In 1862, the midst of the Civil War, fifteen-year old Sam Wood tempts fate when he forges his grandfather's name and convinces his best friend, Albert, to enlist in the Confederate Navy.
Unfortunately, life on board the ironclad CSS Arkansas proves to be more grueling than Sam had imagined. Hours of hard work leave him exhausted and disillusioned. It strains his friendships and morale.
As the Arkansas forges down the Yazoo River and on to the Mississippi toward Vicksburg, the passage becomes a fight for life and death in which Sam is ill-prepared. When the horrors of war become reality, he must question whether the cause of war was worth the consequences.
Sam says it best himself, "War had not made a man of me. It had only killed the boy I was."
The Passage by James Killgore contains a chilling lesson that war does not always make a man. A well researched novel that leaves the reader questioning whether there is any glory in becoming a soldier. The lessons learned are profound and the reference to the real CSS Arkansas make The Passage a story that will hit home to Civil War History buffs. Highly recommended historical fiction suited for teenagers ages 12-16.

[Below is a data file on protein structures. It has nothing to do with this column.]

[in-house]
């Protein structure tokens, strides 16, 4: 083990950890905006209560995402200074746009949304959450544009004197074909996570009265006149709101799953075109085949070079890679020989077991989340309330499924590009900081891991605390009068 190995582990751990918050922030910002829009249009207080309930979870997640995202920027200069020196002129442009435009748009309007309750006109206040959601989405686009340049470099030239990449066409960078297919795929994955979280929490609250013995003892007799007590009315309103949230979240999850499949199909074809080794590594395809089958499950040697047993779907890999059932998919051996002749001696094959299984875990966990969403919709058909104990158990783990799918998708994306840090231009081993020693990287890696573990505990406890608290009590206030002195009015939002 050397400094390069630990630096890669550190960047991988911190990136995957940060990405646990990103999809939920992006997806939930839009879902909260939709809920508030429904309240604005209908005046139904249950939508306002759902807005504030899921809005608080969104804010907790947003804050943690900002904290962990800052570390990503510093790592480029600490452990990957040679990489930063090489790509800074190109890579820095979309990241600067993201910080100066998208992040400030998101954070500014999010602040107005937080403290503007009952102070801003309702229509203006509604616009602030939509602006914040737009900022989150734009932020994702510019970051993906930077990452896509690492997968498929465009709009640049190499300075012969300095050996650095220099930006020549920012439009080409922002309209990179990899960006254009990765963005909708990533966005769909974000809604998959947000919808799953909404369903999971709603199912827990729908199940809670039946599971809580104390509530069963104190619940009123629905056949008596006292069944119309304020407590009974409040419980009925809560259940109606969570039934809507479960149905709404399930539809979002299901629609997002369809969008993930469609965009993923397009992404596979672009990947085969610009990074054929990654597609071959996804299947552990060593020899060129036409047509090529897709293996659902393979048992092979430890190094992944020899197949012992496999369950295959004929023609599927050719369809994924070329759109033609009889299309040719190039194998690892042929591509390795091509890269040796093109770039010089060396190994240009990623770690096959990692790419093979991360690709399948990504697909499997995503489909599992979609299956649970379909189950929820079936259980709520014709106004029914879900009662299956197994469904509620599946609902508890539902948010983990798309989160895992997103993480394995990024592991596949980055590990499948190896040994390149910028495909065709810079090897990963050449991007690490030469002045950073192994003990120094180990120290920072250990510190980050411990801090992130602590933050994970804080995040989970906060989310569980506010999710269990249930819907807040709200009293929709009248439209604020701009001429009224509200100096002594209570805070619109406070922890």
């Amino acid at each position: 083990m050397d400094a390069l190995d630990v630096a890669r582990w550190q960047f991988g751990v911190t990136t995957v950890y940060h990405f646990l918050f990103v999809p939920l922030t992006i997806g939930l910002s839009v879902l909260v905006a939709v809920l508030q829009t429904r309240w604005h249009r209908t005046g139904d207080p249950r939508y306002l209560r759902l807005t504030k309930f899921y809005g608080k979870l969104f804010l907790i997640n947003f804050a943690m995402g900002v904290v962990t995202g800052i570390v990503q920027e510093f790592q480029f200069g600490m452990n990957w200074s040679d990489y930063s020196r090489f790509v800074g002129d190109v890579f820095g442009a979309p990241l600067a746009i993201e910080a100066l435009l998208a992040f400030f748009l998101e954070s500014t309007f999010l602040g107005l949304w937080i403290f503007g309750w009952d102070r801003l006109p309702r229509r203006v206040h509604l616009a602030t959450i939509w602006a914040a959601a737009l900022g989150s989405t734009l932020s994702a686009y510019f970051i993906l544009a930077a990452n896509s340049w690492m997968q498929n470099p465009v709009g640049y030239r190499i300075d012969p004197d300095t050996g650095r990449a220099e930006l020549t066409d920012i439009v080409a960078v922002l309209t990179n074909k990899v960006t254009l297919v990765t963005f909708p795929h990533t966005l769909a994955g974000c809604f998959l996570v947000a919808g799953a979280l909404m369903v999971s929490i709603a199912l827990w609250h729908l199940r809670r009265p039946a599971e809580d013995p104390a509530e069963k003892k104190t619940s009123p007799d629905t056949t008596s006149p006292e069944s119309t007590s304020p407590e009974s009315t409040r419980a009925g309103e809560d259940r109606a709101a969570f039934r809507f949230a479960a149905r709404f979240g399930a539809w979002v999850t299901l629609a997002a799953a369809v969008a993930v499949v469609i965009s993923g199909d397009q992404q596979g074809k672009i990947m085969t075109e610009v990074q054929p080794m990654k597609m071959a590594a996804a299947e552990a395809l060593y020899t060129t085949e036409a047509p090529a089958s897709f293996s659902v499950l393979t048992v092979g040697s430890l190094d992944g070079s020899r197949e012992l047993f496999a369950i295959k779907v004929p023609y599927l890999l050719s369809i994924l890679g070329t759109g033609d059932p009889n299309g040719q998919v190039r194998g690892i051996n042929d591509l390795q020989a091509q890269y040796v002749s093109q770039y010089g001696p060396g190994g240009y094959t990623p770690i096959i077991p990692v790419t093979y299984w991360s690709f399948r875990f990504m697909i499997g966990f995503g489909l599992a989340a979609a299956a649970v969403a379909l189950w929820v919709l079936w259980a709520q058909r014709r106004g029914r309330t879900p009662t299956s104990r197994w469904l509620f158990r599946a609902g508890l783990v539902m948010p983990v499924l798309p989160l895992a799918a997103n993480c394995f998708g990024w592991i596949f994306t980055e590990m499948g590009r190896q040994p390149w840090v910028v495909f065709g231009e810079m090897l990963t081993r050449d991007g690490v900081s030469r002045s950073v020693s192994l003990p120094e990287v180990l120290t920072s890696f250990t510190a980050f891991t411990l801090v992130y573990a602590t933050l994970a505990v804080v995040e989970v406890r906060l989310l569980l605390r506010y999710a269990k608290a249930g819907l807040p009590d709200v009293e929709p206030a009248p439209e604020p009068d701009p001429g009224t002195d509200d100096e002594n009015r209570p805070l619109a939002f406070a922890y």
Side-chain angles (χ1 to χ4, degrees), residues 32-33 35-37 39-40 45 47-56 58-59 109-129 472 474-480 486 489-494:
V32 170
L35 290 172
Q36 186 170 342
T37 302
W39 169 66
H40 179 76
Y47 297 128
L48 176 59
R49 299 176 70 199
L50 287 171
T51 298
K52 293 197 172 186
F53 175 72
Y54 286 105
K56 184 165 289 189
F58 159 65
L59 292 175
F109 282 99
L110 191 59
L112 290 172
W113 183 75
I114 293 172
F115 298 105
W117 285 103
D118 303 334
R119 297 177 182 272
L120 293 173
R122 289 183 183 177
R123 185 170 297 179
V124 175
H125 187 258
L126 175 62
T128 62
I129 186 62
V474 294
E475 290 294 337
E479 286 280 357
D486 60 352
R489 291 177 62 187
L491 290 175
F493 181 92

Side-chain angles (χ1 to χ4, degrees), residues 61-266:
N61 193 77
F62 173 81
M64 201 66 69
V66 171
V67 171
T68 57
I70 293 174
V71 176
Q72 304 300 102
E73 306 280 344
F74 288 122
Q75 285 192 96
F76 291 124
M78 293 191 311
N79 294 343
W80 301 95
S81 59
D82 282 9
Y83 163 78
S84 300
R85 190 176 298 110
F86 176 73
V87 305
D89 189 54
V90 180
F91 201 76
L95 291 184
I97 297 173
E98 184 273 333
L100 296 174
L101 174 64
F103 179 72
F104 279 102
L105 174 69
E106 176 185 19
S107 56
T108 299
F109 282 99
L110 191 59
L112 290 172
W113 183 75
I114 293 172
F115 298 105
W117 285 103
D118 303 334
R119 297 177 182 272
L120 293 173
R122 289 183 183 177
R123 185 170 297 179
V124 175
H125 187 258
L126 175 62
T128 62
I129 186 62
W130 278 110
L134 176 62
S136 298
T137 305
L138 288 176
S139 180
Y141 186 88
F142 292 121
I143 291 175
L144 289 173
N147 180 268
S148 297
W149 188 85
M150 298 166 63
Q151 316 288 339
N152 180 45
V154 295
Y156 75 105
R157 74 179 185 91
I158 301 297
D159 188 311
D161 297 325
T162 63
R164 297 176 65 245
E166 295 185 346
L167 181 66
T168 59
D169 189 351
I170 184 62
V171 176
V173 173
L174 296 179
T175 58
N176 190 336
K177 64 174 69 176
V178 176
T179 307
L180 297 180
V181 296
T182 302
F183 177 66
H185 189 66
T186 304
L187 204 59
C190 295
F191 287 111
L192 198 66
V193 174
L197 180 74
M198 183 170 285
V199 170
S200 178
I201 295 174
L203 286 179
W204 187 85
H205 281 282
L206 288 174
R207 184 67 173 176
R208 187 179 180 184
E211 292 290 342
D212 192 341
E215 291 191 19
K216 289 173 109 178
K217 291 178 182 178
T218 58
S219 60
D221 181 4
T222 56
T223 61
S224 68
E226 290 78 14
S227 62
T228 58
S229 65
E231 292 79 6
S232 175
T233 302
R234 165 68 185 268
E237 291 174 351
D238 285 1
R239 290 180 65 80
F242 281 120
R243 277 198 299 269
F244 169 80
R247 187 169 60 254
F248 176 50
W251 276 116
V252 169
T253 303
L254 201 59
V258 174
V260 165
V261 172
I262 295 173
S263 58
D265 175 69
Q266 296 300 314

Peachtree Publishers (October, 2006)
Pages: 249 hardback
Ages: 12 and up
ISBN 13 1-56145-384-6
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